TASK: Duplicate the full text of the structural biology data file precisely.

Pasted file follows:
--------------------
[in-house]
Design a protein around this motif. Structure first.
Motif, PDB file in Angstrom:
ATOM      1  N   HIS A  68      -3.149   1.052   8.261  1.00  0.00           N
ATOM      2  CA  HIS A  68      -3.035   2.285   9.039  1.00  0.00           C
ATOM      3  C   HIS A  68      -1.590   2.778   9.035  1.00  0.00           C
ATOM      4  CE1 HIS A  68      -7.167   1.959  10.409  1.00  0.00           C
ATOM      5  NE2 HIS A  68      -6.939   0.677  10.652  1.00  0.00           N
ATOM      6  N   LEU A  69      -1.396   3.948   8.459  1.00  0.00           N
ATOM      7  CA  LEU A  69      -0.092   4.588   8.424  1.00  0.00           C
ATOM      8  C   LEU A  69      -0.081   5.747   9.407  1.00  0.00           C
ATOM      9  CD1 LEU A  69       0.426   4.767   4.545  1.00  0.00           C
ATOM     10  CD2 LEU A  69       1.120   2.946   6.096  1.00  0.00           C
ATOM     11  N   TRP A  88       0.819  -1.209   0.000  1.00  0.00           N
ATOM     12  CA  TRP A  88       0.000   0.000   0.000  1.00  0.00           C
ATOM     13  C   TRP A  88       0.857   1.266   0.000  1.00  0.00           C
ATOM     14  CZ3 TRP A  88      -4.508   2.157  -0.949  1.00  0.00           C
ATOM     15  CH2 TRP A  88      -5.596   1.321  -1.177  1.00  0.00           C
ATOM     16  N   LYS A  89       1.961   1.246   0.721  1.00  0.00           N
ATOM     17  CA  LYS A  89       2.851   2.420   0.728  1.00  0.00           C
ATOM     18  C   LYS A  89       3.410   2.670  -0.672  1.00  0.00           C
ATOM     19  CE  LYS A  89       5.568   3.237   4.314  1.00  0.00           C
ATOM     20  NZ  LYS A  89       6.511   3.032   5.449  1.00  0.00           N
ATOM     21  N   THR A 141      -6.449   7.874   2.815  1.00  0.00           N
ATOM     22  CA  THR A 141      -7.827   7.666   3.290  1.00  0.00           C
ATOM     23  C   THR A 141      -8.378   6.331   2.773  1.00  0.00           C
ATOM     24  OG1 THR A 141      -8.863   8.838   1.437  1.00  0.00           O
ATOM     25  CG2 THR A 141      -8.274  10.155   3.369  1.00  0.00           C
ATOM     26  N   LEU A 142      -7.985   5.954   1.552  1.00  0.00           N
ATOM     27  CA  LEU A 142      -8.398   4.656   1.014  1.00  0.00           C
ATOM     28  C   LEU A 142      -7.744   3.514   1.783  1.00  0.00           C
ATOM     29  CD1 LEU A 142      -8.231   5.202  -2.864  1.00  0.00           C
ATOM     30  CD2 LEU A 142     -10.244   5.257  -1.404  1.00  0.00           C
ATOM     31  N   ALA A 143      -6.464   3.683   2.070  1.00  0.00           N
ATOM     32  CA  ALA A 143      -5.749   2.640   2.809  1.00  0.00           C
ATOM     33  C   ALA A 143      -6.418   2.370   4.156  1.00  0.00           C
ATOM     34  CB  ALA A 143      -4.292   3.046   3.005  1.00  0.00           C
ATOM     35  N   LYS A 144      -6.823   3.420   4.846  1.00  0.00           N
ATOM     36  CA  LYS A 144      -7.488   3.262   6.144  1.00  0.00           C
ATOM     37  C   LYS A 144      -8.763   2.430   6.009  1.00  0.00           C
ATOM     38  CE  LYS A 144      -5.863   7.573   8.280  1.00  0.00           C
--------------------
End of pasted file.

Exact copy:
[in-house]
Design a protein around this motif. Structure first.
Motif, PDB file in Angstrom:
ATOM      1  N   HIS A  68      -3.149   1.052   8.261  1.00  0.00           N
ATOM      2  CA  HIS A  68      -3.035   2.285   9.039  1.00  0.00           C
ATOM      3  C   HIS A  68      -1.590   2.778   9.035  1.00  0.00           C
ATOM      4  CE1 HIS A  68      -7.167   1.959  10.409  1.00  0.00           C
ATOM      5  NE2 HIS A  68      -6.939   0.677  10.652  1.00  0.00           N
ATOM      6  N   LEU A  69      -1.396   3.948   8.459  1.00  0.00           N
ATOM      7  CA  LEU A  69      -0.092   4.588   8.424  1.00  0.00           C
ATOM      8  C   LEU A  69      -0.081   5.747   9.407  1.00  0.00           C
ATOM      9  CD1 LEU A  69       0.426   4.767   4.545  1.00  0.00           C
ATOM     10  CD2 LEU A  69       1.120   2.946   6.096  1.00  0.00           C
ATOM     11  N   TRP A  88       0.819  -1.209   0.000  1.00  0.00           N
ATOM     12  CA  TRP A  88       0.000   0.000   0.000  1.00  0.00           C
ATOM     13  C   TRP A  88       0.857   1.266   0.000  1.00  0.00           C
ATOM     14  CZ3 TRP A  88      -4.508   2.157  -0.949  1.00  0.00           C
ATOM     15  CH2 TRP A  88      -5.596   1.321  -1.177  1.00  0.00           C
ATOM     16  N   LYS A  89       1.961   1.246   0.721  1.00  0.00           N
ATOM     17  CA  LYS A  89       2.851   2.420   0.728  1.00  0.00           C
ATOM     18  C   LYS A  89       3.410   2.670  -0.672  1.00  0.00           C
ATOM     19  CE  LYS A  89       5.568   3.237   4.314  1.00  0.00           C
ATOM     20  NZ  LYS A  89       6.511   3.032   5.449  1.00  0.00           N
ATOM     21  N   THR A 141      -6.449   7.874   2.815  1.00  0.00           N
ATOM     22  CA  THR A 141      -7.827   7.666   3.290  1.00  0.00           C
ATOM     23  C   THR A 141      -8.378   6.331   2.773  1.00  0.00           C
ATOM     24  OG1 THR A 141      -8.863   8.838   1.437  1.00  0.00           O
ATOM     25  CG2 THR A 141      -8.274  10.155   3.369  1.00  0.00           C
ATOM     26  N   LEU A 142      -7.985   5.954   1.552  1.00  0.00           N
ATOM     27  CA  LEU A 142      -8.398   4.656   1.014  1.00  0.00           C
ATOM     28  C   LEU A 142      -7.744   3.514   1.783  1.00  0.00           C
ATOM     29  CD1 LEU A 142      -8.231   5.202  -2.864  1.00  0.00           C
ATOM     30  CD2 LEU A 142     -10.244   5.257  -1.404  1.00  0.00           C
ATOM     31  N   ALA A 143      -6.464   3.683   2.070  1.00  0.00           N
ATOM     32  CA  ALA A 143      -5.749   2.640   2.809  1.00  0.00           C
ATOM     33  C   ALA A 143      -6.418   2.370   4.156  1.00  0.00           C
ATOM     34  CB  ALA A 143      -4.292   3.046   3.005  1.00  0.00           C
ATOM     35  N   LYS A 144      -6.823   3.420   4.846  1.00  0.00           N
ATOM     36  CA  LYS A 144      -7.488   3.262   6.144  1.00  0.00           C
ATOM     37  C   LYS A 144      -8.763   2.430   6.009  1.00  0.00           C
ATOM     38  CE  LYS A 144      -5.863   7.573   8.280  1.00  0.00           C